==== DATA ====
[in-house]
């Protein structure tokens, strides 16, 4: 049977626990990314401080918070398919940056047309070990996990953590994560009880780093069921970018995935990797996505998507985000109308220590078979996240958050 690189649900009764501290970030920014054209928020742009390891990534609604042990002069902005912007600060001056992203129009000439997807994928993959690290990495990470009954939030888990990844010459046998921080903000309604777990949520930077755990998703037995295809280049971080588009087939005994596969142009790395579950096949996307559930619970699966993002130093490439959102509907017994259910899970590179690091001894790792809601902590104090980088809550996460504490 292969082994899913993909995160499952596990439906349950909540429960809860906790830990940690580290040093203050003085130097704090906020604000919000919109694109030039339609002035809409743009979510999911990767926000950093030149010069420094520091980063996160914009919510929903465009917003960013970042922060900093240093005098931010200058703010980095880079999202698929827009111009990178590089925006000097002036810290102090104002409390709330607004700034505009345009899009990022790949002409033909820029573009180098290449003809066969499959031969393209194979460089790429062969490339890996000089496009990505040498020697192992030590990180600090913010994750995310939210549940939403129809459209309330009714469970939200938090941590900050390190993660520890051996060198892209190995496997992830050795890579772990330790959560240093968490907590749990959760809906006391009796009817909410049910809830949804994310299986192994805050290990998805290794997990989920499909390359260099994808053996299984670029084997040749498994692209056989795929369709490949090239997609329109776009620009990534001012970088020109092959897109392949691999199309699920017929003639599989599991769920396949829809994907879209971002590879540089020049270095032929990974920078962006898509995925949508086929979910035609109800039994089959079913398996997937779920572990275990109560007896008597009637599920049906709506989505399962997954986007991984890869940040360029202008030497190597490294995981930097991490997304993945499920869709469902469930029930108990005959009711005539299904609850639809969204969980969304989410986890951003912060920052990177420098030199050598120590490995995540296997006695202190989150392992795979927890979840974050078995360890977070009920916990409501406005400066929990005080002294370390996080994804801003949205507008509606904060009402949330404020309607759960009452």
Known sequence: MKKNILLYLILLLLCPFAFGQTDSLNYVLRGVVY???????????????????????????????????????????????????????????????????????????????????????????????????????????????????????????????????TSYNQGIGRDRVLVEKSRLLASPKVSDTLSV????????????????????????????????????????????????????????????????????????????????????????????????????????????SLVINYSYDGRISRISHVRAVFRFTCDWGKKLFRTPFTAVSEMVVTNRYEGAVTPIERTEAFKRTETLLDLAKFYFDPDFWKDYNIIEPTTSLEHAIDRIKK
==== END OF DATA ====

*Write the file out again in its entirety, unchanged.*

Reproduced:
[in-house]
């Protein structure tokens, strides 16, 4: 049977626990990314401080918070398919940056047309070990996990953590994560009880780093069921970018995935990797996505998507985000109308220590078979996240958050 690189649900009764501290970030920014054209928020742009390891990534609604042990002069902005912007600060001056992203129009000439997807994928993959690290990495990470009954939030888990990844010459046998921080903000309604777990949520930077755990998703037995295809280049971080588009087939005994596969142009790395579950096949996307559930619970699966993002130093490439959102509907017994259910899970590179690091001894790792809601902590104090980088809550996460504490 292969082994899913993909995160499952596990439906349950909540429960809860906790830990940690580290040093203050003085130097704090906020604000919000919109694109030039339609002035809409743009979510999911990767926000950093030149010069420094520091980063996160914009919510929903465009917003960013970042922060900093240093005098931010200058703010980095880079999202698929827009111009990178590089925006000097002036810290102090104002409390709330607004700034505009345009899009990022790949002409033909820029573009180098290449003809066969499959031969393209194979460089790429062969490339890996000089496009990505040498020697192992030590990180600090913010994750995310939210549940939403129809459209309330009714469970939200938090941590900050390190993660520890051996060198892209190995496997992830050795890579772990330790959560240093968490907590749990959760809906006391009796009817909410049910809830949804994310299986192994805050290990998805290794997990989920499909390359260099994808053996299984670029084997040749498994692209056989795929369709490949090239997609329109776009620009990534001012970088020109092959897109392949691999199309699920017929003639599989599991769920396949829809994907879209971002590879540089020049270095032929990974920078962006898509995925949508086929979910035609109800039994089959079913398996997937779920572990275990109560007896008597009637599920049906709506989505399962997954986007991984890869940040360029202008030497190597490294995981930097991490997304993945499920869709469902469930029930108990005959009711005539299904609850639809969204969980969304989410986890951003912060920052990177420098030199050598120590490995995540296997006695202190989150392992795979927890979840974050078995360890977070009920916990409501406005400066929990005080002294370390996080994804801003949205507008509606904060009402949330404020309607759960009452």
Known sequence: MKKNILLYLILLLLCPFAFGQTDSLNYVLRGVVY???????????????????????????????????????????????????????????????????????????????????????????????????????????????????????????????????TSYNQGIGRDRVLVEKSRLLASPKVSDTLSV????????????????????????????????????????????????????????????????????????????????????????????????????????????SLVINYSYDGRISRISHVRAVFRFTCDWGKKLFRTPFTAVSEMVVTNRYEGAVTPIERTEAFKRTETLLDLAKFYFDPDFWKDYNIIEPTTSLEHAIDRIKK